Notebooks President Joe Biden wrote during his time as vice president are among items the FBI took from one of his Delaware homes during a search there last week, according to a person familiar with the investigation.

The notebooks were seized because Biden’s writings on some of the pages relate to his official business as vice president, including details of his diplomatic engagements during the Obama administration, and may reference classified information, this person said. They said the notebooks do not have classified markings, but some of the handwritten notes inside them could be considered as such due to their confidential content.

Other pages in the notebooks, while they may not contain potentially classified information, could still be considered government property under the Presidential Records Act because they pertain to official business Biden conducted as vice president, the person familiar with the investigation said.

The notebooks include a mix of Biden’s handwritten notes on various topics, both personal and official, this person said. On some pages, Biden noted things about his family or his life that are not related to public office, they said. On other pages, they said that he commemorated in writing some of his experiences or thoughts of him as vice president at that time.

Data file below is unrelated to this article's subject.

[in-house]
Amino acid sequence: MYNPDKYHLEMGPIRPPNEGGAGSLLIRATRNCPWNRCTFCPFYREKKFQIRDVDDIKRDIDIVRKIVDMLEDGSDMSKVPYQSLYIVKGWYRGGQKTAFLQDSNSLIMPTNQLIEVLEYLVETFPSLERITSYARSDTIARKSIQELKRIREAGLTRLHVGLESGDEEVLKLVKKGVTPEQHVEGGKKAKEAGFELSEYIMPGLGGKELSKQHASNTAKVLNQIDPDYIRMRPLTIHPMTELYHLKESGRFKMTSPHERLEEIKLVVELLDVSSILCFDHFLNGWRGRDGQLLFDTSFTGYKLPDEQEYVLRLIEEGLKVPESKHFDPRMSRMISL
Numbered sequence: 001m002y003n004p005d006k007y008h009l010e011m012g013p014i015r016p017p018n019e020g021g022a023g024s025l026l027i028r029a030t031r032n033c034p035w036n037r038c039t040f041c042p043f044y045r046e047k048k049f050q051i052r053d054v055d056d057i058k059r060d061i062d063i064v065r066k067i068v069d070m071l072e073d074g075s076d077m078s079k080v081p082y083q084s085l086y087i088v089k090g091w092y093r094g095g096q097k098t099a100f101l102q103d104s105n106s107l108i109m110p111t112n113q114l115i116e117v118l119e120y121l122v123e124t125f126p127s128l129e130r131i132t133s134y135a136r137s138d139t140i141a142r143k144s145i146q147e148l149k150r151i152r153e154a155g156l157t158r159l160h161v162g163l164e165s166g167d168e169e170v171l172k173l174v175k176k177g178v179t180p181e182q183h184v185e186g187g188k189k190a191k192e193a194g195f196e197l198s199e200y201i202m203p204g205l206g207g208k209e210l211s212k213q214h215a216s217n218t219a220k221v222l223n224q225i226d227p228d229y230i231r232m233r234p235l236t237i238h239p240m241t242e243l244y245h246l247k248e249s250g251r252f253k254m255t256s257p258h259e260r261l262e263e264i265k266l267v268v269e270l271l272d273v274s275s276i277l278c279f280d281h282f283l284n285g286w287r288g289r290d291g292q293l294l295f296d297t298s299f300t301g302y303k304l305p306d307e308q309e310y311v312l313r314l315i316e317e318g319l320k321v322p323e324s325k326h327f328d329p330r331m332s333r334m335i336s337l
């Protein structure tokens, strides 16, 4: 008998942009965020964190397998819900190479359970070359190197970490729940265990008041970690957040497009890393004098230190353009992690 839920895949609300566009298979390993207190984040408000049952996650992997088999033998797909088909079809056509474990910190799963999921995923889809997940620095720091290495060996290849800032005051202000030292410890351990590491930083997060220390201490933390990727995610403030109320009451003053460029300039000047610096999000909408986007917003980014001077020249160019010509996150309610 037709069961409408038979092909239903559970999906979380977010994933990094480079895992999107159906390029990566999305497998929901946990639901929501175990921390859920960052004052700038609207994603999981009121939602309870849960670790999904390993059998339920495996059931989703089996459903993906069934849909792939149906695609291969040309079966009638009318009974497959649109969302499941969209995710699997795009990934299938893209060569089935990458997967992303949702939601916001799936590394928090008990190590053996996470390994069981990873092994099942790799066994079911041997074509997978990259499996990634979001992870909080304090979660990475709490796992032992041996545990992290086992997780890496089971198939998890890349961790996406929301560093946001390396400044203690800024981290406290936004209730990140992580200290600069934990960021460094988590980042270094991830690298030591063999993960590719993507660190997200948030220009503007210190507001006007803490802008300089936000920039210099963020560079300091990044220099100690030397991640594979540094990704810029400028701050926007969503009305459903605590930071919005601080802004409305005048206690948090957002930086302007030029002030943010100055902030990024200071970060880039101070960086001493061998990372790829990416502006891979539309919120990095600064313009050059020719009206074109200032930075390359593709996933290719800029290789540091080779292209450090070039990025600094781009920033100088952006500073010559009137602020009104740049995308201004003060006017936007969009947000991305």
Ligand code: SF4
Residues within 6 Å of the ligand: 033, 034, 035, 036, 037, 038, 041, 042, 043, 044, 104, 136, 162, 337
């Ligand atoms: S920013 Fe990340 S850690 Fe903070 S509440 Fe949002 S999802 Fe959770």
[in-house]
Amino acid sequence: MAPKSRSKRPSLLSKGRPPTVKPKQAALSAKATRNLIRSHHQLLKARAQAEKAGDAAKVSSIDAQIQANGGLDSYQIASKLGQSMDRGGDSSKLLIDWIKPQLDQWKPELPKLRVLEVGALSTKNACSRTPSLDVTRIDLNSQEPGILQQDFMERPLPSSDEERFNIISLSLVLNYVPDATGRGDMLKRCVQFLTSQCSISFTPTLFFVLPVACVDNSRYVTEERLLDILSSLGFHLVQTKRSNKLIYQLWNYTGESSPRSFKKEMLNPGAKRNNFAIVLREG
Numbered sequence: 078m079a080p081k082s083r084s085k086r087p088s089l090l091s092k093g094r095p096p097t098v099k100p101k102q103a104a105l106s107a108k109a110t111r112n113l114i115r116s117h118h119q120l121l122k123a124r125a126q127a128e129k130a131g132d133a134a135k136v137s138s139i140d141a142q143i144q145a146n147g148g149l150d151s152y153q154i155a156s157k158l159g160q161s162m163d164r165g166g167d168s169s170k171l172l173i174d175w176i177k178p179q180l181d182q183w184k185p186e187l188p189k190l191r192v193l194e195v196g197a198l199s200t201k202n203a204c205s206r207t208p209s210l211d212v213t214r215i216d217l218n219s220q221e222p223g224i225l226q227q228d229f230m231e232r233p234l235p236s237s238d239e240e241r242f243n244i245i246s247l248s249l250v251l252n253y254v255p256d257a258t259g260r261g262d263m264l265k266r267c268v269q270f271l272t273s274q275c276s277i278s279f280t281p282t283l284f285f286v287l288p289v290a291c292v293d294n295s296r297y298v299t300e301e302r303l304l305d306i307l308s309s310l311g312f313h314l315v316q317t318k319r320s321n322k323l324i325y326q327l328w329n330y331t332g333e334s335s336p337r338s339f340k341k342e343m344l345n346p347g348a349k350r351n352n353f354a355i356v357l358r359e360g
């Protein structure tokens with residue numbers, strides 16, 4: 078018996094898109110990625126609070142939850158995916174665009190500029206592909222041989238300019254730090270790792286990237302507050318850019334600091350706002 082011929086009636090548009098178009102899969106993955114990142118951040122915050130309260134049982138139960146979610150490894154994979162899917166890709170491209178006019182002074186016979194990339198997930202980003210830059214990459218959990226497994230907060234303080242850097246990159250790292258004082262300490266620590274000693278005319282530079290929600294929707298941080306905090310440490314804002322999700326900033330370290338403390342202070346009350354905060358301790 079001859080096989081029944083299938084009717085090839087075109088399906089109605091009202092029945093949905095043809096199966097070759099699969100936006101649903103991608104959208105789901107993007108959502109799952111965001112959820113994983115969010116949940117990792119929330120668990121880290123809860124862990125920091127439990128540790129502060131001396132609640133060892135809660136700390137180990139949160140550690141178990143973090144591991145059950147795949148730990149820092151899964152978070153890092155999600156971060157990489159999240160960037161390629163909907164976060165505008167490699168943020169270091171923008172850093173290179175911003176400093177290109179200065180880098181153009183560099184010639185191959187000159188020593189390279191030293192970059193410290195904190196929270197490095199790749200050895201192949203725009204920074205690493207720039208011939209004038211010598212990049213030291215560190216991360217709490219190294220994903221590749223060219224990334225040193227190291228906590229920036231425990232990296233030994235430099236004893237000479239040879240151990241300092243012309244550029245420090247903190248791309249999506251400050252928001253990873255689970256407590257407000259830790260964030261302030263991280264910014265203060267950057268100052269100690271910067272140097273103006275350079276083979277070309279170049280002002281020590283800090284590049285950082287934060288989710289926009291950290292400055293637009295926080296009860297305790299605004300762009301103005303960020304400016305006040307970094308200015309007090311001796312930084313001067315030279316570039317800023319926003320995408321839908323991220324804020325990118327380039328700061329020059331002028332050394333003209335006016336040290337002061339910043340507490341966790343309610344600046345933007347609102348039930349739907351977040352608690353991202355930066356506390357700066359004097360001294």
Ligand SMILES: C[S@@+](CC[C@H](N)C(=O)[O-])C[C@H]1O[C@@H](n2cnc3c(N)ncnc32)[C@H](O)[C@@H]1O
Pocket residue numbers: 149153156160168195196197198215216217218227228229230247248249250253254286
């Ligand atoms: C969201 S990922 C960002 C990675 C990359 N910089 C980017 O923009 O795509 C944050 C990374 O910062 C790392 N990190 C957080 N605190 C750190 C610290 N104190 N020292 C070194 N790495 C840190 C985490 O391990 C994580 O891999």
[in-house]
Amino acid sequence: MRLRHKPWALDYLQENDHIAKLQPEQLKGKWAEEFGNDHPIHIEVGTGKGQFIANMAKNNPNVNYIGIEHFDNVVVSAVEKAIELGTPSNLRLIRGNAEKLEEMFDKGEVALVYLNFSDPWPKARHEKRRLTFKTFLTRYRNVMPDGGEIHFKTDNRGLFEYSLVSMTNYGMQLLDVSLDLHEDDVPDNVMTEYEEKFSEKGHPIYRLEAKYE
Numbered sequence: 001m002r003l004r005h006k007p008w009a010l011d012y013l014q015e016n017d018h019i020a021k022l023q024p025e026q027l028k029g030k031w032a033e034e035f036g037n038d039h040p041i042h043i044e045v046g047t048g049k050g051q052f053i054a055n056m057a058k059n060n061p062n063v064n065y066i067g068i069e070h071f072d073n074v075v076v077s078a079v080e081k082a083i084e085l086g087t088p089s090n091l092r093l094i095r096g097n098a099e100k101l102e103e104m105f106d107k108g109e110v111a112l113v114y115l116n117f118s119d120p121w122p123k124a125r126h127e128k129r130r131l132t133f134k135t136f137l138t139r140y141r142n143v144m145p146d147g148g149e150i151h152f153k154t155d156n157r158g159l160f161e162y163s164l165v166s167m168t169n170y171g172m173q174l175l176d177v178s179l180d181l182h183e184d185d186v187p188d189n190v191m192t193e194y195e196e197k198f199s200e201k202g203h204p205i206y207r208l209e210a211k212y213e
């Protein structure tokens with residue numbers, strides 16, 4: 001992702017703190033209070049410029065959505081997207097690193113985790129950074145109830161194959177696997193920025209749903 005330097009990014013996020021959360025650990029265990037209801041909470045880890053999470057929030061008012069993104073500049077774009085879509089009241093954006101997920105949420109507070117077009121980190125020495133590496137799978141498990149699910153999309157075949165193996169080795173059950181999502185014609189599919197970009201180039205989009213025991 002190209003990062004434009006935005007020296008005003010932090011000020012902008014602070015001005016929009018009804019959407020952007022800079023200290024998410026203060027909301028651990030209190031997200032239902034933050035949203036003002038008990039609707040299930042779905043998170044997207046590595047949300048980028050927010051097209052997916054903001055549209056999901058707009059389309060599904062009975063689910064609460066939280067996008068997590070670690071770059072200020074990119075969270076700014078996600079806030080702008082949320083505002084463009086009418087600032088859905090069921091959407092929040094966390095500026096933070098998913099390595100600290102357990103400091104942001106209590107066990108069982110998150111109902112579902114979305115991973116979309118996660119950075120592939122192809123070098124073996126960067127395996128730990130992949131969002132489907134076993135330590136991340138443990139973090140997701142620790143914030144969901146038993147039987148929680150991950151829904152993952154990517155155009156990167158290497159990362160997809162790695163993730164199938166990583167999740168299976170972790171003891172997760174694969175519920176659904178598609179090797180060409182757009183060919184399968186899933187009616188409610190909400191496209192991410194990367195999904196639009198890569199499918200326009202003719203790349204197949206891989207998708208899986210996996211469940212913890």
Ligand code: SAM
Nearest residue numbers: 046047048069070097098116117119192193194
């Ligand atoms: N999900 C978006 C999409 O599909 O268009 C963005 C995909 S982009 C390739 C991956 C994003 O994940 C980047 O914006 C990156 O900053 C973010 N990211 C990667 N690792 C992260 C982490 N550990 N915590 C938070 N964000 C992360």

The number of notebooks Biden kept is large, according to the person familiar with the investigation, but they did not know the exact number.

When asked about the notebooks, a spokesperson for Biden’s personal lawyer Bob Bauer reiterated the position the president’s legal team has taken in previous statements about the Justice Department’s investigation into Biden’s possession of classified material from the Obama administration meeting in his Wilmington, Delaware. residence and an office in Washington, DC that he used after leaving the vice presidency.

«As noted in the statement issued on January 14, in accordance with our opinion on the requirements of our cooperation with the Department of Justice in this matter, we will not comment on the accuracy of reports of this nature,» the spokesperson said.

The Justice Department declined to comment. The FBI did not immediately respond to a request for comment.

On Friday, Bauer’s spokesman declined to comment when asked if Biden knew the notebooks were packed in boxes he left behind at the end of the Obama administration, had access to them since leaving the vice presidency, and whether he thought the notebooks they were his personal property.